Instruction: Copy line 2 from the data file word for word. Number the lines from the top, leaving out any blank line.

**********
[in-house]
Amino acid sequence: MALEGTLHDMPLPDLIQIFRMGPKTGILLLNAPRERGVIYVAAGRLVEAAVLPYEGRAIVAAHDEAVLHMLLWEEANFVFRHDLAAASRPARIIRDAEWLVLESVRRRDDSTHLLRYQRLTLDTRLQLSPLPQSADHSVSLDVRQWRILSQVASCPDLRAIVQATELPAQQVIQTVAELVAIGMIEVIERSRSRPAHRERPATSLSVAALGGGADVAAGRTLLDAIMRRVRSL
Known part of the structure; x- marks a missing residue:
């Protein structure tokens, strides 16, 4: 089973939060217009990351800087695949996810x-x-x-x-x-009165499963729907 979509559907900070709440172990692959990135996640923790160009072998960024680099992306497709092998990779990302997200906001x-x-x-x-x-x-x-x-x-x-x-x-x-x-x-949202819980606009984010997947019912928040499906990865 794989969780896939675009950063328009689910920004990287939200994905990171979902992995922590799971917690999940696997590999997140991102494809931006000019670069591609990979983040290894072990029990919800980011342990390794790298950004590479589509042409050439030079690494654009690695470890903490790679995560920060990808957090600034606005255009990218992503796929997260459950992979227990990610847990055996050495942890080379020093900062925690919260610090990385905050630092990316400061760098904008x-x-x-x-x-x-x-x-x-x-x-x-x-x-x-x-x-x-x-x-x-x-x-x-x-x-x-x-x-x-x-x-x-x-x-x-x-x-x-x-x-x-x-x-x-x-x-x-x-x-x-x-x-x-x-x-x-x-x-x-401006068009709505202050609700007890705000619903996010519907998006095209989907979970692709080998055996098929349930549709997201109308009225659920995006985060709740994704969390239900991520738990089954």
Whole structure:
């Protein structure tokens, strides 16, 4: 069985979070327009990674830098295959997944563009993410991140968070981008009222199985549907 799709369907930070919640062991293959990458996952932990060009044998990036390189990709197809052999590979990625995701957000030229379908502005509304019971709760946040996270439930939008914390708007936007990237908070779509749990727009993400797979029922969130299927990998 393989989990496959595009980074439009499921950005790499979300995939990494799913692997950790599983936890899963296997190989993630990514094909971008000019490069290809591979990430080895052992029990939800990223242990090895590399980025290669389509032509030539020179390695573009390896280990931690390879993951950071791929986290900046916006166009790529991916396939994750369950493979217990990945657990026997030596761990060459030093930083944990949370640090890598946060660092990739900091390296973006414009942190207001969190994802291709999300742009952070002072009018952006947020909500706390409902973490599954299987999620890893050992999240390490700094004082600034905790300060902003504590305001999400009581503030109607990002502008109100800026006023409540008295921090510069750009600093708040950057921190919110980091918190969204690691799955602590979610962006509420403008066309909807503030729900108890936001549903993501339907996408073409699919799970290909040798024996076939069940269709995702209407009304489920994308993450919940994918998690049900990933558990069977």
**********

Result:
Amino acid sequence: MALEGTLHDMPLPDLIQIFRMGPKTGILLLNAPRERGVIYVAAGRLVEAAVLPYEGRAIVAAHDEAVLHMLLWEEANFVFRHDLAAASRPARIIRDAEWLVLESVRRRDDSTHLLRYQRLTLDTRLQLSPLPQSADHSVSLDVRQWRILSQVASCPDLRAIVQATELPAQQVIQTVAELVAIGMIEVIERSRSRPAHRERPATSLSVAALGGGADVAAGRTLLDAIMRRVRSL